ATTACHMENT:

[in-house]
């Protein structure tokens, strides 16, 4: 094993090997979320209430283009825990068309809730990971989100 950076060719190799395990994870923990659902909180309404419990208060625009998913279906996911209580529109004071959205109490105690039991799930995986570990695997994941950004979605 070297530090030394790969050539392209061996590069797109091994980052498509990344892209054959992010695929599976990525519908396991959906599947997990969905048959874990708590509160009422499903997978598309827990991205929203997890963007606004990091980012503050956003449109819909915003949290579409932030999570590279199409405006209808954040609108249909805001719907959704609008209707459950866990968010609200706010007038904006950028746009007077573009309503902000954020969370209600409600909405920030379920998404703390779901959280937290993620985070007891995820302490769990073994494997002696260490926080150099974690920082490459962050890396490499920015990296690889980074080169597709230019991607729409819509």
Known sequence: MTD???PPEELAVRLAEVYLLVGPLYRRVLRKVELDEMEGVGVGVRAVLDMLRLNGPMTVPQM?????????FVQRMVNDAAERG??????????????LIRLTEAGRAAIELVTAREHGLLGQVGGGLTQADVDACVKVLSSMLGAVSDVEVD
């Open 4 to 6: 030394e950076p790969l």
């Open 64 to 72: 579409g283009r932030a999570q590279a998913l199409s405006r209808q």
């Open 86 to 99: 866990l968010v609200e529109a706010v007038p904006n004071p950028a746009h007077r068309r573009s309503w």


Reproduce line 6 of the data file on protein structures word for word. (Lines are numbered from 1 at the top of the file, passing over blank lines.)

């Open 86 to 99: 866990l968010v609200e529109a706010v007038p904006n004071p950028a746009h007077r068309r573009s309503w």